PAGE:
Math that matters (Part II–Atmospheric Changes)

Everyone now knows (or denies) that CO2 has been increasing in the atmosphere for the past couple hundred years and this increase is largely responsible for the climate changes that have occurred over that time. And 400 ppm (parts per million) is a number that more and more people are familiar with as well; it represents the average concentration of CO2 in the atmosphere (up from 280 ppm when the Industrial Revolution commenced, ~1750). Well, there are a few other very interesting/compelling numbers that we can determine based on this information alone, including:

(1) What is the average annual growth rate of the CO2 over this period (1750-2017)?
(2) What is 400 ppm in percentage terms?
(3) How many molecules of CO2 are there in a regular sized balloon?
(4) Considering CO2 changes alone, by what percentage has the composition of the atmosphere changed since Industrialization?

Let’s do some calculations:

(1) What is the average annual growth rate of the CO2 over this period (1750-2017)?

Atmospheric CO2 concentration has risen exponentially so we use an exponential growth equation to model it:

(a) Cf = Ci x e^(rt),
where, Cf = final concentration, Ci = initial concentration, e = 2.718 (Euler’s number), r = annual rate of growth, and t = duration of time (^ is used as an exponential symbol)

The variable we want is r (as we have all the other numbers). Solving for r requires using a little “Algebra II”:

First move Ci over by dividing both sides of (a) by Ci and flipping the equation around; this leaves:
e^rt = Cf/Ci

Now, if we take the log of both sides (here the natural log, ln) and use the fact that ln(e) = 1, we get:
ln(e^rt) = ln(Cf/Ci)  rt x ln(e) = ln(Cf/Ci)  rt = ln(Cf/Ci)

Now, if we divide both sides by t, we get an equation solved for r, the desired variable:
r = ln(Cf/Ci)/t

Inputting the values of the three known variables (Cf = 400 ppm, Ci = 280 ppm, and t = 2017-1750 = 267 years) yields the annual growth rate:
r = ln(400/280)/267 = 0.00134 (or 0.134% per year)

If we just look at the growth of CO2 concentration since 1950 (when industrialization became global; CO2’s concentration in 1950 was ~310 ppm), we can once again use the exponential equation above to determine the growth rate in more recent times:
r = ln(400/310)/67 = 0.0038 (or 0.38% per year)

In either case, notice that humans are increasing CO2’s concentration only very slightly each year. (Over the past 267 years, CO2’s concentration has gone up 43%.) However, what may appear “slight” is definitely not slight in terms of its current and future impacts.

(2) What is 400 ppm in percentage terms?

Answering this merely requires us to understand what ppm (parts per million) means. Unlike some words in English, ppm means literally what it says. If the atmospheric concentration of CO2 is 400 ppm then for every million parts (or molecules) of atmospheric gas, CO2 will be 400 of them. With this understanding we can compute a percentage by expressing the amount of CO2 (relative to everything in the atmosphere) as a ratio:
% of CO2 in atmosphere = ppm of CO2/1,000,000 parts of atm = 400/1,000,000 = 0.0004 (or 0.04%)

Again, this is a very, very small amount but as we know this small amount of CO2 is responsible for a significant amount (~30-40%) of the Natural Greenhouse Effect (NGE) and the bulk (~50-60%) of the Anthropogenic Greenhouse Effect (AGE), associated with “global warming” and “climate change.”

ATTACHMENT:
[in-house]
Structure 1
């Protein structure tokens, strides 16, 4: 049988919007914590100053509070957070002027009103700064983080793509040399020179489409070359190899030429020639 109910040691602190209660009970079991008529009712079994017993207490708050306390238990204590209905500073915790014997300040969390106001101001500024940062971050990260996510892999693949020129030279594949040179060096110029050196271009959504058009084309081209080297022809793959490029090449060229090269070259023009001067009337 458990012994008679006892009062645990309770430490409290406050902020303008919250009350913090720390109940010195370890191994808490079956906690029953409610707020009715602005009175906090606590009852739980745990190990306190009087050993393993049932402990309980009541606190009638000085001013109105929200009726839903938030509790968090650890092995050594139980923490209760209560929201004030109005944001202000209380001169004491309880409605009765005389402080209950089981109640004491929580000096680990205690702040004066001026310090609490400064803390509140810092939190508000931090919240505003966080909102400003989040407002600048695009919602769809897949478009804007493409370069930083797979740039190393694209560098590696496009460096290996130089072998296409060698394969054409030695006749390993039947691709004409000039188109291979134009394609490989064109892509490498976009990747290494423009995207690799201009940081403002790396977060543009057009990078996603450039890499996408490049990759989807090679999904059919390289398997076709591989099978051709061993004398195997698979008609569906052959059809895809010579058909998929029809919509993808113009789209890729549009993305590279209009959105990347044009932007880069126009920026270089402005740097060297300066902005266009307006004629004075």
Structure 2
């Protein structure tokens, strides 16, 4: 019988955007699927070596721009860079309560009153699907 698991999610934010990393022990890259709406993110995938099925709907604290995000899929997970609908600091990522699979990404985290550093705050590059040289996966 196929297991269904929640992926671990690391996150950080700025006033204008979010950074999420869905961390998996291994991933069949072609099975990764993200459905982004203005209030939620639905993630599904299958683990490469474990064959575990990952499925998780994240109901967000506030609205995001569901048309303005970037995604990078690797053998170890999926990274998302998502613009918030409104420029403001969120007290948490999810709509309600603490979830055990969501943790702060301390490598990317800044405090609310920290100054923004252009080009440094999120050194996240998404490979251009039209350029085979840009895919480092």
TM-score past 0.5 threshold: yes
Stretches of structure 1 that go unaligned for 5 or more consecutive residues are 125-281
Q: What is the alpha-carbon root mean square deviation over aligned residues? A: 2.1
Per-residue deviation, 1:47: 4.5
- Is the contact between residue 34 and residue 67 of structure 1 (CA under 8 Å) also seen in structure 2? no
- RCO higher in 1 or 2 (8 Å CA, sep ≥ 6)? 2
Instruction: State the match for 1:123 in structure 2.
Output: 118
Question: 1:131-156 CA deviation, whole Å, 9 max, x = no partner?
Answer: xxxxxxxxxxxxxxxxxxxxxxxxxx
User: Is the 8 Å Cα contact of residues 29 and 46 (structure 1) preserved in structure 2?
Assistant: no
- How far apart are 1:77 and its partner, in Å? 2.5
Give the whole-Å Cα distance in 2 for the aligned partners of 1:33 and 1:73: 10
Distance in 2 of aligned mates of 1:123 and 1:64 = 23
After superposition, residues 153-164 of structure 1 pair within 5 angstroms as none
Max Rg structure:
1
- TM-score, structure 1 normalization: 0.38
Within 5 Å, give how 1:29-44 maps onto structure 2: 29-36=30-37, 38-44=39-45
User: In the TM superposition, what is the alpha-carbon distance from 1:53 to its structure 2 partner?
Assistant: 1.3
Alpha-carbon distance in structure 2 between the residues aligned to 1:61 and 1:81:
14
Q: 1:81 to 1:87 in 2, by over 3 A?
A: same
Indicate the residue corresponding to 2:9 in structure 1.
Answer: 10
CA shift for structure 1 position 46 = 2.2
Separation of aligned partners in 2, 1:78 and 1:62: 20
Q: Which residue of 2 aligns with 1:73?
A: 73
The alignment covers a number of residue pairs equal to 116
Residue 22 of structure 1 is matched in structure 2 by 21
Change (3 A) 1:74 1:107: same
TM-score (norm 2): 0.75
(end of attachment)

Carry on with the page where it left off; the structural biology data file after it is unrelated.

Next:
(3) How many molecules of CO2 are there in a regular sized balloon?

While (2) tells us what proportion of gases in the atmosphere are CO2 it doesn’t really tell us how much CO2 is a particular volume. If we take a typical balloon (1 foot in diameter; let’s assume it is a sphere), we can find the volume of the balloon using this formula:
V = 4/3 x pi x r^3,
where V = volume, pi = 3.14159, and r is the radius of the balloon. Plugging in the numbers leads to:

V = 4/3 x 3.14159 x (0.5)^3 = 0.52 cubic feet

Since 1 liter = 0.0353147 cubic feet, the volume of the balloon is:
V = 0.52 cubic feet x (1 liter/0.0353147 cubic feet) = 14.7 liters

This seems quite high when one considers a two liter bottle of soda but rest assured this is the correct value.

Now that we have the volume, we’ll need to determine how much CO2 is in such a volume. Here we have to use some chemistry laws; here the most well-known of them all, the Ideal Gas Law:

(c) PV = nRT, which can be rewritten as, n = PV/RT,
where P = pressure, V = volume, n = number of moles of gas, R = the Ideal Gas Constant = 0.082 L-atm/mole-K) and T = temperature in Kelvin degrees.

Assuming that we have a standard atmospheric pressure of 1 atmosphere and we are at room temperature of 27 deg Celsius (equivalent to 81 degrees Fahrenheit or 300 K), we can plug the numbers into equation (c):
n = (1 atm)(14.7 L)/((0.082 L-atm/mole-k)*(300 K)) = 0.60 moles

So what is a mole? Chemists define one mole as 6.02 x 10^23 molecules (or 602,000,000,000,000,000,000,000 molecules).

Notice that our use of the Ideal Gas Law was for all the molecules of gas, not just CO2.

Thus, if the 14.7 L (of a balloon) contains 0.60 moles of gas, we calculate the number of molecules of gas in the balloon as such:

# of molecules of gas (in balloon) = 0.60 moles x (6.02 x 10^23 molecules/mole) = 3.61×10^23 molecules

Now to determine how many of these molecules are CO2 we use the information determined in the previous question thusly:

# molecules of CO2 in a balloon = 3.61 x 10^23 molecules of gas x (0.0004) = 1.4 x 10^20 molecules of CO2

There we have it. There are 140,000,000,000,000,000,000 molecules of CO2 in every balloon (assuming it isn’t filled with helium 😊).

Now, while this balloon’s gas is very light, it certainly is filled with a lot of molecules of CO2. This might lead one to wonder how much does all the CO2 in the atmosphere weigh. Well, this calculation is a bit trickier. According to web references, the entire atmosphere weighs approximately 1.1 x 10^19 pounds (or 5.5 quadrillion tons). We might want to just multiply this by the percentage of CO2 in the atmosphere in order to determine the total weight of CO2 in the atmosphere but we would be wrong to do so; though it wouldn’t be a terribly bad approximation (if we did so we get 4×10^15 pounds). The different molecules of gas have different weights. Thus, we would have to do a calculation that would include all of these different gases and their weights. This is a bit more complicated than I choose to get right now, so suffice it to say that all the CO2 in the atmosphere weighs approximately six thousand times more than all the humans on the Earth combined (which is approximately 7×10^11 pounds).